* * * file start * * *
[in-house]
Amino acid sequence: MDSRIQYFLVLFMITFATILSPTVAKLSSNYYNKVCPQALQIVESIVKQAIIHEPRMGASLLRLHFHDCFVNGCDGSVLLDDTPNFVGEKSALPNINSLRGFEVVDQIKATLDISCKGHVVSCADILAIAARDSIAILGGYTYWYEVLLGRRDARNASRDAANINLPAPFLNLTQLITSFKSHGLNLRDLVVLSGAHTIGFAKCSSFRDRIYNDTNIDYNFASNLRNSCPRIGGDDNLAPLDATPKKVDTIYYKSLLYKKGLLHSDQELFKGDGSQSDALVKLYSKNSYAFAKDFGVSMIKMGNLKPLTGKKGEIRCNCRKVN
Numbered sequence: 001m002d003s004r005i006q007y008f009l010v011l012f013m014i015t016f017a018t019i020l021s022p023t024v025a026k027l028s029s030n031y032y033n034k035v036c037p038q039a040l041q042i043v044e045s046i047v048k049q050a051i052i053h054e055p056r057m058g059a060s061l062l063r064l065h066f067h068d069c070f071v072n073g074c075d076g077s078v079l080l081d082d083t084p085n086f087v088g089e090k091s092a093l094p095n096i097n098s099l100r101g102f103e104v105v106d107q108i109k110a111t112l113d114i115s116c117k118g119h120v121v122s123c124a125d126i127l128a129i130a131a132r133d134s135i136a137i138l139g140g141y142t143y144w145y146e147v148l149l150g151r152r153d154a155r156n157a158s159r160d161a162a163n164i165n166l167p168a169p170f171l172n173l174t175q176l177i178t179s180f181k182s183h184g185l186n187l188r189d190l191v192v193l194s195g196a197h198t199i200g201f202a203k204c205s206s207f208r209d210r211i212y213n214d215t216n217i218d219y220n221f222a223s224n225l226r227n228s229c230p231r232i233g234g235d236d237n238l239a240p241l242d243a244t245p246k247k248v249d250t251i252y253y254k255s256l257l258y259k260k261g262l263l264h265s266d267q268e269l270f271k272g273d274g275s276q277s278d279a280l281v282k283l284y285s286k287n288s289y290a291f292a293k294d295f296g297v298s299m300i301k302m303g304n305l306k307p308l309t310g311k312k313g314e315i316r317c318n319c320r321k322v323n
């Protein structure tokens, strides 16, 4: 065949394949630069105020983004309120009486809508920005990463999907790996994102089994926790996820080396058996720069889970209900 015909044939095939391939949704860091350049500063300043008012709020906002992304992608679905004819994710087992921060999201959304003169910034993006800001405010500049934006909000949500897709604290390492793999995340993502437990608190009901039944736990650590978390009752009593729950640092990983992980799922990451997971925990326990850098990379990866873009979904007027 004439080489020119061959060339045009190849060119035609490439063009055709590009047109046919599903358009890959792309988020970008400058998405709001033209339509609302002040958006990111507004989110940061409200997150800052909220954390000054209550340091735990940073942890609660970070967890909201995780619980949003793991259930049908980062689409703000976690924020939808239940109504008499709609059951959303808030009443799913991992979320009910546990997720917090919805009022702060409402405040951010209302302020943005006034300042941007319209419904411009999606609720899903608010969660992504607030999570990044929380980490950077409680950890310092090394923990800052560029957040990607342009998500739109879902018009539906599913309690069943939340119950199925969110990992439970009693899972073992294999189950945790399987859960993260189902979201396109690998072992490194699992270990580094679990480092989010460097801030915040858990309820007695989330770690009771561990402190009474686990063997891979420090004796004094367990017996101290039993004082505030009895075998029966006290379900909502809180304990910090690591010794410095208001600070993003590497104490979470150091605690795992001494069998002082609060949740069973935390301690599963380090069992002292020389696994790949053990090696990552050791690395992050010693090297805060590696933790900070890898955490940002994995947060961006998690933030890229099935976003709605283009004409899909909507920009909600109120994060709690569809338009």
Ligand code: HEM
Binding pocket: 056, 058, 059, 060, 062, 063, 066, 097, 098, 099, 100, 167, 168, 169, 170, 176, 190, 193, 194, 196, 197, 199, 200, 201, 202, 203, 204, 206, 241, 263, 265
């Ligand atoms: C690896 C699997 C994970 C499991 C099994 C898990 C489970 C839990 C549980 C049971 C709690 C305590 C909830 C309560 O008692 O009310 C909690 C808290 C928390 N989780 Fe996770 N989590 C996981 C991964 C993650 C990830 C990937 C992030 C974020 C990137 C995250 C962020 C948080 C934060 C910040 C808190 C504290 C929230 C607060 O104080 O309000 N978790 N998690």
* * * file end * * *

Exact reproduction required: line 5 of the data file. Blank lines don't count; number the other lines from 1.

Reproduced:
Ligand code: HEM